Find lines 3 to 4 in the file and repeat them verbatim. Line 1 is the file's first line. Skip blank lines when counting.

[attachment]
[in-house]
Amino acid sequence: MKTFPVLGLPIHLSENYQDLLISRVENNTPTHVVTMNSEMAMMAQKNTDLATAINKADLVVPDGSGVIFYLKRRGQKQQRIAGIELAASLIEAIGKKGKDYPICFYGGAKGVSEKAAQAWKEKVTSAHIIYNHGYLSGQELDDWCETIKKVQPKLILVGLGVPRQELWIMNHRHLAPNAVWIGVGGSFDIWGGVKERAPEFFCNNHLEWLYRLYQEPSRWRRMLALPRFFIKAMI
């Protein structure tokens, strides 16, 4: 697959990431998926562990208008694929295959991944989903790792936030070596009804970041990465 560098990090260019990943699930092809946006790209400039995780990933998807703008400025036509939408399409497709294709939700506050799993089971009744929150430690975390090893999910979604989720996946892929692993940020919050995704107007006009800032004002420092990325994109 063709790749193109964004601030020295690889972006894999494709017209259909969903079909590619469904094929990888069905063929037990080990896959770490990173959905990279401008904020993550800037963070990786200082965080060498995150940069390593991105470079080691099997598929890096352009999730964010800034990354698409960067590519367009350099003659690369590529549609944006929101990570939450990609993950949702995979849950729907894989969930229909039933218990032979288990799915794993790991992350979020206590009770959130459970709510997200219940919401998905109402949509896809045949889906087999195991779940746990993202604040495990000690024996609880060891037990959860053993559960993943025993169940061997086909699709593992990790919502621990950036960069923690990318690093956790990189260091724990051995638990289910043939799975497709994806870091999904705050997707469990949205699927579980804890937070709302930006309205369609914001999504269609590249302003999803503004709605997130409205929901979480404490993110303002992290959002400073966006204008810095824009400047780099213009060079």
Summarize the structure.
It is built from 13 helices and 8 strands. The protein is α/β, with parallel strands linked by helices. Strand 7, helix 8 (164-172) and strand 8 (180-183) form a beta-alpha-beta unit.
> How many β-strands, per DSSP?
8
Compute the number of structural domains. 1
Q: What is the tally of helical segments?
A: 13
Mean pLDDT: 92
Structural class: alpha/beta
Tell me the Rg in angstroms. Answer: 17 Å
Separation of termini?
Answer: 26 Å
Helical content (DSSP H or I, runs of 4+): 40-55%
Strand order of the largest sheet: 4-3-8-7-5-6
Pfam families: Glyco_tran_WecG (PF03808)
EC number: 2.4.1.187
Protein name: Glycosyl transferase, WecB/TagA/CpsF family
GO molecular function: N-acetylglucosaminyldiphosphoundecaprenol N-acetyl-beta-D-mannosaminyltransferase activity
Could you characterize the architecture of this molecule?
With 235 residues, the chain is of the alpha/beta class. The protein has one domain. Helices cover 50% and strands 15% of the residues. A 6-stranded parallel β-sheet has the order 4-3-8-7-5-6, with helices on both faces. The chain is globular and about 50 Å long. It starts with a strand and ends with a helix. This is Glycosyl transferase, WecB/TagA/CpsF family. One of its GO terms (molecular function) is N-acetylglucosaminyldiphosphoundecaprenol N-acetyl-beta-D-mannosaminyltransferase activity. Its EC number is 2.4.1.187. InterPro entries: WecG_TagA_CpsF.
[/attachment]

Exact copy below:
């Protein structure tokens, strides 16, 4: 697959990431998926562990208008694929295959991944989903790792936030070596009804970041990465 560098990090260019990943699930092809946006790209400039995780990933998807703008400025036509939408399409497709294709939700506050799993089971009744929150430690975390090893999910979604989720996946892929692993940020919050995704107007006009800032004002420092990325994109 063709790749193109964004601030020295690889972006894999494709017209259909969903079909590619469904094929990888069905063929037990080990896959770490990173959905990279401008904020993550800037963070990786200082965080060498995150940069390593991105470079080691099997598929890096352009999730964010800034990354698409960067590519367009350099003659690369590529549609944006929101990570939450990609993950949702995979849950729907894989969930229909039933218990032979288990799915794993790991992350979020206590009770959130459970709510997200219940919401998905109402949509896809045949889906087999195991779940746990993202604040495990000690024996609880060891037990959860053993559960993943025993169940061997086909699709593992990790919502621990950036960069923690990318690093956790990189260091724990051995638990289910043939799975497709994806870091999904705050997707469990949205699927579980804890937070709302930006309205369609914001999504269609590249302003999803503004709605997130409205929901979480404490993110303002992290959002400073966006204008810095824009400047780099213009060079």
Summarize the structure.